Sodium (salt) has a huge effect on the human body. Know what it does and how it functions is vital to living a healthy life. This article explains the basics about sodium and the human body.
How does sodium effect your body?
Sodium is vital for your body to function correctly. It helps your body maintain the correct balance of fluids in your body, assists transmit nerve impulses, and influences the contraction and relaxation of muscles.
When you consume sodium, your kidneys regulate the amount of sodium that remains in your body, and the amount that is wasted. When you have an abundance of sodium, your kidneys excrete the excess sodium out of your body via your digestive system. When there is a minimal amount of sodium in your body, your kidneys conserve it.
If in some situation you can not remove the excess sodium, then it will begin to collect in your blood, and since sodium attracts water, your blood volume increases. The more blood volume you have, the harder your heart has to work to keep the blood moving which consequently increases the pressure in the arteries.
Some people are more sensitive to sodium then others are. Sensitivity to sodium causes people to retain sodium more easily, leading to excess fluid retention and higher blood pressure. This can be avoided by lowering your sodium intake and getting enough exercise.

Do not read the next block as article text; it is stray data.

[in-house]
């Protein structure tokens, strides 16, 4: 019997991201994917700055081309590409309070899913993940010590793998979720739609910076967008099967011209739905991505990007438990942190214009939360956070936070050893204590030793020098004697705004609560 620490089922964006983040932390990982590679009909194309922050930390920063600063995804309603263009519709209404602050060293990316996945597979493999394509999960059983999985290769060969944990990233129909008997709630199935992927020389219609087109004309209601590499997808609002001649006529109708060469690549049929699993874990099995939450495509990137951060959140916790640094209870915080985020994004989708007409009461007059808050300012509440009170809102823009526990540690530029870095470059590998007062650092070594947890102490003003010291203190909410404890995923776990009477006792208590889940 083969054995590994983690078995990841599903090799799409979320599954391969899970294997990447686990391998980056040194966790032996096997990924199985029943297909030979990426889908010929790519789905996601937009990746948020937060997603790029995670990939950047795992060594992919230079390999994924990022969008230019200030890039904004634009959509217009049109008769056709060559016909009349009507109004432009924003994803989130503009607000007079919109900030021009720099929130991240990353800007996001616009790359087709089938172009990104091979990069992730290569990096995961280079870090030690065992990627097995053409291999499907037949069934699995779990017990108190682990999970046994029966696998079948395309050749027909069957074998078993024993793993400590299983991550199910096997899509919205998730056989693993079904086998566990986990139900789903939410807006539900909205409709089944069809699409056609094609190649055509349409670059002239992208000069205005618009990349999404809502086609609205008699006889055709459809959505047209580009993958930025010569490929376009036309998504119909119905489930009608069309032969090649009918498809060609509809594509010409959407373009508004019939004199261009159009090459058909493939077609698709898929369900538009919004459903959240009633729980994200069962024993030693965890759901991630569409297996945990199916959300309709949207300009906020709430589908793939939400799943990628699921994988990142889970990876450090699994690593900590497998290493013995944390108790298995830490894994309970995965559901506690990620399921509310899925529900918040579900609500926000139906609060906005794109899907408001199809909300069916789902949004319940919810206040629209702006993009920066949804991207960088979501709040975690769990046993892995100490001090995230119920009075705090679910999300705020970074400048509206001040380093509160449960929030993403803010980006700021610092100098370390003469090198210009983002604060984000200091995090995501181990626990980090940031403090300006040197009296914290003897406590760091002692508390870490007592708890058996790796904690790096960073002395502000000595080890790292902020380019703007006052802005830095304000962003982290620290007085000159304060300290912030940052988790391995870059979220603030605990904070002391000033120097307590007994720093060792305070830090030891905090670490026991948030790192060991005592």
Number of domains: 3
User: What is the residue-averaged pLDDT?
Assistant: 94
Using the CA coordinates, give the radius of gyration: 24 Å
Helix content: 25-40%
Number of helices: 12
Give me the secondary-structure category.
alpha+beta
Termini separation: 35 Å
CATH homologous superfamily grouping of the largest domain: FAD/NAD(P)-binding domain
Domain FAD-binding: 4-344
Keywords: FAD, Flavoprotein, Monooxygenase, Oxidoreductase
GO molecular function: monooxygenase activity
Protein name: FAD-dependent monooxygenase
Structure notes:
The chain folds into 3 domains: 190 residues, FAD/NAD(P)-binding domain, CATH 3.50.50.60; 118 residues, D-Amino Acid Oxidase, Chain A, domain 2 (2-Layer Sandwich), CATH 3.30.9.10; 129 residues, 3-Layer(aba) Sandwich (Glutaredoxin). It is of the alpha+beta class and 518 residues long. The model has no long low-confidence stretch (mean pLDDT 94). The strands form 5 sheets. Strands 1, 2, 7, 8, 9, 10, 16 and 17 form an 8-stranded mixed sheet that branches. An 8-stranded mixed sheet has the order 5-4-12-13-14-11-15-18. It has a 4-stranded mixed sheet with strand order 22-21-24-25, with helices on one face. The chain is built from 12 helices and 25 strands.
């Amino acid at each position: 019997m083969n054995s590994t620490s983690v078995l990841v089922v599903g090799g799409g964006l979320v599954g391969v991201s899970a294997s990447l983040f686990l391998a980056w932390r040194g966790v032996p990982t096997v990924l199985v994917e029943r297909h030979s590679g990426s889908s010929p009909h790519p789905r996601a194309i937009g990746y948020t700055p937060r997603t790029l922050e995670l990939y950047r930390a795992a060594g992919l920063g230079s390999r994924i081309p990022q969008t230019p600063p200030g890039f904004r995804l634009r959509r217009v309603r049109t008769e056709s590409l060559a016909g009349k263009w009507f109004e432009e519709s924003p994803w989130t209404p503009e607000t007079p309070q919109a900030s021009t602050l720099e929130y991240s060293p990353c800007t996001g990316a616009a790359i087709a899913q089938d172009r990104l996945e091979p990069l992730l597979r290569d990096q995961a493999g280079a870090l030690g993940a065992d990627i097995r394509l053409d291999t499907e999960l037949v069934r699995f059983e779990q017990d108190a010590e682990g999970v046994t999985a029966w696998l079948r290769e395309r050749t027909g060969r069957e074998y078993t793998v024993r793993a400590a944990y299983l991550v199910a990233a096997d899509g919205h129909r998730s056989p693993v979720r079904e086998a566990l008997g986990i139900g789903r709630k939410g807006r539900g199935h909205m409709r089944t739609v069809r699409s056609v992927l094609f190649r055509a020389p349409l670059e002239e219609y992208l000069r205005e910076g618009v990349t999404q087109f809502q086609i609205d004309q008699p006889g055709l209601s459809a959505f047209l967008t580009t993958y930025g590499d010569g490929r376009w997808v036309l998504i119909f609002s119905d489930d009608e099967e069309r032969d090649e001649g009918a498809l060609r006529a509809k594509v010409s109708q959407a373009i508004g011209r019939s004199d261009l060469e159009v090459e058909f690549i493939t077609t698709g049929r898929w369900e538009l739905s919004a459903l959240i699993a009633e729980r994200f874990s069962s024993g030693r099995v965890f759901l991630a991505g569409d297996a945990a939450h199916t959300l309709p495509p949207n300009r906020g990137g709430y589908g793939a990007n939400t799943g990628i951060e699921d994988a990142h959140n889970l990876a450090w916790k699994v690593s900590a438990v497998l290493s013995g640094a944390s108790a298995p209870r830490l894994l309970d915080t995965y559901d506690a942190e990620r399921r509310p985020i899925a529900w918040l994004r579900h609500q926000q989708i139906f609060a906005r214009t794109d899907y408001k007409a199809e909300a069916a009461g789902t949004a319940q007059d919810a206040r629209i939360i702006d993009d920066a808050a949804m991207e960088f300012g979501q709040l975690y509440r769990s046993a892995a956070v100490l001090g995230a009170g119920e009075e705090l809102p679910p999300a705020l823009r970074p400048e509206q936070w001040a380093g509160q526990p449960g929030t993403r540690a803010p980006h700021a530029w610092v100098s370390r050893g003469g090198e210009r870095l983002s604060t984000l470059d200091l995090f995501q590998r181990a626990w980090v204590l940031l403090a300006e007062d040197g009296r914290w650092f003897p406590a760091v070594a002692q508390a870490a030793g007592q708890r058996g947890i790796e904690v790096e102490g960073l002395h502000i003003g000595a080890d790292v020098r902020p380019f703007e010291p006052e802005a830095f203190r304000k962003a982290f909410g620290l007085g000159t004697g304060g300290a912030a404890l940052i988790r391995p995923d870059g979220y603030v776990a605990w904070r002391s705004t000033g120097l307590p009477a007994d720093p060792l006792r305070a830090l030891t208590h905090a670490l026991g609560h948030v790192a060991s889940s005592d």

How much sodium should I be getting every day?
Generally, for a healthy adult, not exceeding 1,500 or 2,400 milligrams (mg) a day is recommended. Depending on your age and health condition (ex. High blood pressure, diabetes, or chronic kidney disease), you may be more sensitive to sodium. In this case, you should try to stay in the 1,400-500 mg range.
How to avoid getting to much sodium
There are simple steps you can take to reduce your sodium intake.
- Choose fresh food over processed food – The majority of fruits and vegetables are low in sodium, as well as fresh frozen meat. It’s very important that you buy fresh and frozen meat that has not been injected with a sodium containing solution.
- Use spices, herbs, and/or flavorings to enhance your food instead of salt – There are many ways of using healthy ingredients like herbs and spices to snazzy up your food.
- Avoid using too much sodium-laden condiments – Sauces, salad dressings, ketchup, and mustard all contain high levels of sodium. Beware of over using them.
- Salt substitutes – Salt substitutes should be used very carefully. When someone is using salt substitute when cutting down on their sodium intake, it is often ineffective because of carelessness. Salt substitutes contain a mixture of other compounds to mimic the taste of salt without using as much salt as it would normally require. However, often, people carelessly put more salt substitute on their food then they need. This accomplishes the opposite of what they seek.
- Look for low-sodium items – When eating processed foods is unavoidable, do your best to find those with reduced sodium.
- Work out of requiring salt for a satisfying meal – Your desire for salt can be unlearned. As you gradually lower your daily salt increase, your taste buds will adjust and you will not require so much salt. To do this, just gradually decrease how much salt you put on your food plus following the tips already listed in this article. It just takes time, it’s not impossible.